On the whole, the SMT is logical and simple in realization improvement of modern processors.

The Chip MultiProcessing (CMP) is a more radical approach which implies that several processor cores are located on one die. At present this technology has reached the level when it’s possible to put two complex superscalar processors and enough amount of cache on one chip. We thus get an SMP system, and as the cores are located on the same die it makes possible to increase much a data rate between the processors in comparison to using any external buses, commutators etc. It is interesting that in the early 90s Intel considered to develop such processor – the 786 chip codenamed Micro-2000 was to have 4 cores, additional 2 vector processors and to work at 250 MHz. Just compare with the Pentium 4 :). The POWER4 consists of 2 identical processor cores which implement PowerPC AS instruction set, the die measures about 400 mm2, it’s based on the 0.18 micron copper SOI IBM CMOS 8S2 technology with 7 metallization layers, works at 1.1 and 1.3 GHz, and is the fastest microprocessor for today. There is also a POWER4’s variation with one processor on the die. However, HP and SUN are also going to release CMP processors soon which will be based on the 0.13 micron fab process. It’s possible that AMD will follow this way as well.

3. IBM POWER4 – introduction

This processor is meant for the maximum performance, for hi-end server and supercomputer market, designed for 32-processor SMP systems. Development of high-performance communication means for processors and memory was given much attention to. The POWER4 has a high fault-tolerance: critical fails do not make the system hang; instead, interrupts are generated and then processed by the system. The POWER4 was developed for an efficient operation of commercial (server) and scientific and technical applications. Note that earlier the IBM Power/Power PC processors were divided into server and scientific ones – POWER and RS64. The POWER4 suits a wide range of hi-end applications and uses all topical performance boosting ways (within the PowerPC instruction set). We won’t find there truncated caches and lacking FUs. The chip’s design looks unusual; later we will see why the frequency of the POWER4 jumped from 600 MHz of the RS64 IV to 1.3 GHz.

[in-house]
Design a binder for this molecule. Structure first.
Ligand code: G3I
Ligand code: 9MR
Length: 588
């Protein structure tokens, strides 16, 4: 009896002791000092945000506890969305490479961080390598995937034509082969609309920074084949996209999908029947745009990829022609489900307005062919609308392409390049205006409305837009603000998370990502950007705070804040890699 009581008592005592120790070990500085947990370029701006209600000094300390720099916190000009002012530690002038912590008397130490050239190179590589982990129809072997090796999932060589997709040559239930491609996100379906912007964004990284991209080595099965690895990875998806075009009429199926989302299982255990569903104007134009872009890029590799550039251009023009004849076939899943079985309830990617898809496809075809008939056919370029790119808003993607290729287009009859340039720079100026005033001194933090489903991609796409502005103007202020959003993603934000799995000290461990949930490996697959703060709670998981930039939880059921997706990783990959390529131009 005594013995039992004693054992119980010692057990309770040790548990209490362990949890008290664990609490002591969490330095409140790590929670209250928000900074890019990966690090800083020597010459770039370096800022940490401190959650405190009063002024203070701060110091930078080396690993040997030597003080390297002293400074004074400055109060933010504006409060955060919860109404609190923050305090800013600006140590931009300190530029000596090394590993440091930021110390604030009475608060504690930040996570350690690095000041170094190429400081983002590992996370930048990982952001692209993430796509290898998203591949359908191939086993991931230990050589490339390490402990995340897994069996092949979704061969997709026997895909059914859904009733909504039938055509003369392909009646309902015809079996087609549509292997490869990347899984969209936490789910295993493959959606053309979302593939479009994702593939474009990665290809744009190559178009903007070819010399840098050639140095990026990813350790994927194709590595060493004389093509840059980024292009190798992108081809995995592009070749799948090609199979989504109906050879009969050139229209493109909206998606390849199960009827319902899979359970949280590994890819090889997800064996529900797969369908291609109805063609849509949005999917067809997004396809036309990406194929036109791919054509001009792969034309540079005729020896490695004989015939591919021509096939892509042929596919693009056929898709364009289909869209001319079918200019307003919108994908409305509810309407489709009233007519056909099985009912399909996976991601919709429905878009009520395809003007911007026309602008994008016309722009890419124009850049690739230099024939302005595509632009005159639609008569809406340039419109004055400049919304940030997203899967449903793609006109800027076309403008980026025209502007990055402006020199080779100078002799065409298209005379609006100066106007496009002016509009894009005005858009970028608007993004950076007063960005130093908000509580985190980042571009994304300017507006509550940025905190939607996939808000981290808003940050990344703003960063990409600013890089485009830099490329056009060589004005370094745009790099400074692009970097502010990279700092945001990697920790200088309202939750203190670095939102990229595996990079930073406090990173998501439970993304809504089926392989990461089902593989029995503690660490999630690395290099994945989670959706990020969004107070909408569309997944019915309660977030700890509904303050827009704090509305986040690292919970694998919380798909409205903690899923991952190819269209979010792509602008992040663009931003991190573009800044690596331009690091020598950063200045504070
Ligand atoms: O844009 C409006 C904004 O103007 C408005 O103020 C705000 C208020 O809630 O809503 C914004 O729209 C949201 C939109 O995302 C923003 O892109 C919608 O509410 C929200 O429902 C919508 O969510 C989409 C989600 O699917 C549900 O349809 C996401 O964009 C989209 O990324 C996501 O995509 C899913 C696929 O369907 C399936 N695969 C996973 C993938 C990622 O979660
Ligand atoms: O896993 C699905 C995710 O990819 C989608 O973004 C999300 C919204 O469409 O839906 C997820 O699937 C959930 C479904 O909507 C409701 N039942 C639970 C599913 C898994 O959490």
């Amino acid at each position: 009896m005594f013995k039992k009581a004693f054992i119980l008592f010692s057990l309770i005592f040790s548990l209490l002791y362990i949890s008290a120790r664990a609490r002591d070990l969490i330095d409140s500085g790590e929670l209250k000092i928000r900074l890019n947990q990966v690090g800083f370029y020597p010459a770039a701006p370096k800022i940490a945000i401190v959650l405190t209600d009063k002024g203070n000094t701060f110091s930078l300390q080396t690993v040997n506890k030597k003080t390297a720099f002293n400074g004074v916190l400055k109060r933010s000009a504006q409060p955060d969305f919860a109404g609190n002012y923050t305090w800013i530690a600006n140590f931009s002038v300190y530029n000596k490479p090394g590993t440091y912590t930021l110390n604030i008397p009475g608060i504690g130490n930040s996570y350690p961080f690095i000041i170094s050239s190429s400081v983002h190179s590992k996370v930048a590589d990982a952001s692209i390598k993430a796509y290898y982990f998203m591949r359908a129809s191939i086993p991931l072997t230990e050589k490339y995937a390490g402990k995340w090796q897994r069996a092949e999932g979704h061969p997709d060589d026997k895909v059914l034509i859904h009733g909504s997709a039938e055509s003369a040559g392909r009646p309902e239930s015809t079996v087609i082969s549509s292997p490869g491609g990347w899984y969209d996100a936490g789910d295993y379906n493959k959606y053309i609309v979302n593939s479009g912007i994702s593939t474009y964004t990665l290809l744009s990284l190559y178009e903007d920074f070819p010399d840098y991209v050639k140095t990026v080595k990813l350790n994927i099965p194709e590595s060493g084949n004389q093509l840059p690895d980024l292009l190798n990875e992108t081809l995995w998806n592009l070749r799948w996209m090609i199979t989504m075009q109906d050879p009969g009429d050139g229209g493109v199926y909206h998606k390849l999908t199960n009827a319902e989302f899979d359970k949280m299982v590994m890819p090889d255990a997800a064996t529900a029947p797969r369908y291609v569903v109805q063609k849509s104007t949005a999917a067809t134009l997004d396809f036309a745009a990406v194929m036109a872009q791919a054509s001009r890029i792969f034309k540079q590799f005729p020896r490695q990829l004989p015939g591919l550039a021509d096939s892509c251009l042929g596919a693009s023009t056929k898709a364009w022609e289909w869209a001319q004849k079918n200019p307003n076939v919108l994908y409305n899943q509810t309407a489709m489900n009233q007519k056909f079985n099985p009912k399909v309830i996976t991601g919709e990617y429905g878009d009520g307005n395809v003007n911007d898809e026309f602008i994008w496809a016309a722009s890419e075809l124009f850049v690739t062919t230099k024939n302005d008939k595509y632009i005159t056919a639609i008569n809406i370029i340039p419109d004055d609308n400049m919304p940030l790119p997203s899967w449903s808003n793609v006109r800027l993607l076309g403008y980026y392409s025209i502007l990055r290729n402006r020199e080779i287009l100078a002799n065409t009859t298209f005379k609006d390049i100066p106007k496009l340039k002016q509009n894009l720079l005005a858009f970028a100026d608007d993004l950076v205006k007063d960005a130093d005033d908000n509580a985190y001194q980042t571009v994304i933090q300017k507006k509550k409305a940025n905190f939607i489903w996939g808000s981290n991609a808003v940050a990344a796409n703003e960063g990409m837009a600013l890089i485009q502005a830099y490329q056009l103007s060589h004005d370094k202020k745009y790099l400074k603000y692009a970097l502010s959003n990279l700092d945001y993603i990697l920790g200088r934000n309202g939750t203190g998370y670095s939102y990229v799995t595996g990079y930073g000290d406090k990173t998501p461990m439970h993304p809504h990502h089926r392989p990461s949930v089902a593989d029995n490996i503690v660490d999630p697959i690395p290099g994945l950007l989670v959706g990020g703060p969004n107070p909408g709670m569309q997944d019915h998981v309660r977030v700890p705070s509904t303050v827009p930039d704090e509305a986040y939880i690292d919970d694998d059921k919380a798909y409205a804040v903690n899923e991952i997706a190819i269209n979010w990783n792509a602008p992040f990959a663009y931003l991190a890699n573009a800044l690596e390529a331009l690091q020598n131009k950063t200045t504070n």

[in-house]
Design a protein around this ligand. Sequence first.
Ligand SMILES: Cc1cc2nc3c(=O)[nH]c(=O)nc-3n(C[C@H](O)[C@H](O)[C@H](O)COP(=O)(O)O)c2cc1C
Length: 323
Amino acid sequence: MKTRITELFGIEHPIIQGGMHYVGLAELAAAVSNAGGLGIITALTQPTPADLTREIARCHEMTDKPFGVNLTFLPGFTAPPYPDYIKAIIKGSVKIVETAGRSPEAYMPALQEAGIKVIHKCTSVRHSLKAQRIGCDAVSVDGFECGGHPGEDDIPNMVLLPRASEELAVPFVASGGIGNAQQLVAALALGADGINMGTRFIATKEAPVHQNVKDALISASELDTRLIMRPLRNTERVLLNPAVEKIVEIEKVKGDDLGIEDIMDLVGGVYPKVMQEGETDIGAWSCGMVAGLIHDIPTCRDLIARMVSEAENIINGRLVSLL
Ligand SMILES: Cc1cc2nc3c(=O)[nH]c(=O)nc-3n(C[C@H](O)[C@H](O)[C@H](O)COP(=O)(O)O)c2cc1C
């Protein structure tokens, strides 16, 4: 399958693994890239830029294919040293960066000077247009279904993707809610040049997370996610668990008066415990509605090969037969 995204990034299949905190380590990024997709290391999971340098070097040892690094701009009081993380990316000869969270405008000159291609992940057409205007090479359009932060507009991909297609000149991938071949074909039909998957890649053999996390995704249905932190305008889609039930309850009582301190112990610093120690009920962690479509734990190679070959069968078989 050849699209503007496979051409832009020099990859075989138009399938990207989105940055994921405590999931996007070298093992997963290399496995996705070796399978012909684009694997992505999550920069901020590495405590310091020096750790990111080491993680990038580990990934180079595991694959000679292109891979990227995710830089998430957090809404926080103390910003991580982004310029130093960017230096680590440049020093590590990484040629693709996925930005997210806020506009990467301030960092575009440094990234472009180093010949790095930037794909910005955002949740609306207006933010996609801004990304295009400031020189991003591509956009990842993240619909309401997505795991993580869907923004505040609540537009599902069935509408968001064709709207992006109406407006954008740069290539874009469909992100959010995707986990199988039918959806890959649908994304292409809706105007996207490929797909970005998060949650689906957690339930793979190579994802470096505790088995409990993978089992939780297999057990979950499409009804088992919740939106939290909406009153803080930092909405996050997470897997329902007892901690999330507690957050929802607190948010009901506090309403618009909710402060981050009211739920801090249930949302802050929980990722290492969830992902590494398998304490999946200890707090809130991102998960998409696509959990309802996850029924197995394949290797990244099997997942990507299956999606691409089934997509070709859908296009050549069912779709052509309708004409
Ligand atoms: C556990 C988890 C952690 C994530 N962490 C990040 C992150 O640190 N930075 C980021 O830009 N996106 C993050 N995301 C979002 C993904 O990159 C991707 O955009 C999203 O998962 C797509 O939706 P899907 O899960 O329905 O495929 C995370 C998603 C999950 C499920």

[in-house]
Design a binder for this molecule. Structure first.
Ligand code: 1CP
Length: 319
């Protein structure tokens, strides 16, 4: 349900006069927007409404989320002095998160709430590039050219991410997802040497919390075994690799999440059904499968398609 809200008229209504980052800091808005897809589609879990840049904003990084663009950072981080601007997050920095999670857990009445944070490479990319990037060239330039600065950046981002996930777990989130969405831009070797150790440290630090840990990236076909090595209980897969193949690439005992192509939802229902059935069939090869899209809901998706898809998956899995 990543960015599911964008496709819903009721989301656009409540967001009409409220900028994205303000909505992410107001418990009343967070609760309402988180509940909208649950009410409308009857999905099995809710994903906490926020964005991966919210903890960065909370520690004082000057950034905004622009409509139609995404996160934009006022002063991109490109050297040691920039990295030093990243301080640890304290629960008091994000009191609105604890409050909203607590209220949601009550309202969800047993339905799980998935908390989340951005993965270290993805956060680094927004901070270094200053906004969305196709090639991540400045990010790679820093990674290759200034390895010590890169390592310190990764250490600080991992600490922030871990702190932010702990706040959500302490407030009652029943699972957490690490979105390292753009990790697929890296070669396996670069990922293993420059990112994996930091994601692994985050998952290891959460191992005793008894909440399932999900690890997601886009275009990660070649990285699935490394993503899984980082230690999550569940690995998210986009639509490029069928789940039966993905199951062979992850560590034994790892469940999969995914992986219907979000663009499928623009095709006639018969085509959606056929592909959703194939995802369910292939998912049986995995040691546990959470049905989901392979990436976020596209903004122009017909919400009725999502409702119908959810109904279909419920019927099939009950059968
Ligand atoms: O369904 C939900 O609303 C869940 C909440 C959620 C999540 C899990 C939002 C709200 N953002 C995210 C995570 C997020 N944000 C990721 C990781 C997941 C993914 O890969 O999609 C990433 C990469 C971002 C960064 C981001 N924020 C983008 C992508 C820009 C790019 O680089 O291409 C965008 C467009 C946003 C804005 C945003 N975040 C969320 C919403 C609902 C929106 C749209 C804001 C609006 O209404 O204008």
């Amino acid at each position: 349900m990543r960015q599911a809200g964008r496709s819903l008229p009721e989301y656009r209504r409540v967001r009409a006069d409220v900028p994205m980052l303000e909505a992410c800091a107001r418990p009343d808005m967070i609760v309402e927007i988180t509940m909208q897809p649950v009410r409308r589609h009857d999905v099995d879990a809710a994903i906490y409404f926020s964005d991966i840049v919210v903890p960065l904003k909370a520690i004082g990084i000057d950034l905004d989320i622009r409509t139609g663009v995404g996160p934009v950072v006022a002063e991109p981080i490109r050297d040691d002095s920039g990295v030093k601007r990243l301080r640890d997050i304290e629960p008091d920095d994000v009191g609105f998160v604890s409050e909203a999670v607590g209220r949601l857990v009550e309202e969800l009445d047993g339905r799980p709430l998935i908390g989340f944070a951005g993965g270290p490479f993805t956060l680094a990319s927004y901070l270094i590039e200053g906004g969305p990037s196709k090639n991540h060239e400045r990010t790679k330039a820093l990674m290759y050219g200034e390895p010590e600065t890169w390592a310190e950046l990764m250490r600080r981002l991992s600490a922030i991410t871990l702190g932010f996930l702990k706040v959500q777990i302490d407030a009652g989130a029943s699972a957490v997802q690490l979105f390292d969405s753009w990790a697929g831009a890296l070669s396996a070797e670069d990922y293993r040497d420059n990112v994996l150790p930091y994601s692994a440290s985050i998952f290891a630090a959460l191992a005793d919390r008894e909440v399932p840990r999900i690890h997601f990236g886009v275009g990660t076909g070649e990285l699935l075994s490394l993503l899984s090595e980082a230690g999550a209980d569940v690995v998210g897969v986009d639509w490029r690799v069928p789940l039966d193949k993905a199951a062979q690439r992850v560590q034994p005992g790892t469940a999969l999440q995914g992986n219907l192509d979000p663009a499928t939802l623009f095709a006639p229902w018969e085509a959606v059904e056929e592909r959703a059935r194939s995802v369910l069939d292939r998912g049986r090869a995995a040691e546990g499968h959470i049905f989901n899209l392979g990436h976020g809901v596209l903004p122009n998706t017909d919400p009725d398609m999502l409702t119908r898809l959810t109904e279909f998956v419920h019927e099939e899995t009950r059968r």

4. POWER4 die

The POWER4 houses 2 processors each having an L1 cache for data and instructions. The die has a single L2 cache of 1450 KBytes controlled by 3 separate controllers connected to the cores via a CIU (Core Interface Unit). The controllers work independently and can process 32 bytes per clock. Each processor uses two separate 256-bit buses to connect the CIU for data fetching and data loading, as well as a separate 64-bit bus to save the results; the L2 cache has a bandwidth of 100 GBytes/s. The L2 cache’s system looks well balanced and very powerful. Each processor has a special unit to support noncachable operations (Noncacheable Unit). The L3 controller and the memory’s one are located on die as well. For connection with the L3 cache working at 1/3 of the processor’s speed and with the memory there are two 128-bit buses operating at 1/3 of the processor’s frequency. The throughput of the memory interface is about 11 GBytes/s. Data flows coming from the memory and L2 and L3 caches and the buses of the chips are controlled by the Fabric Controller: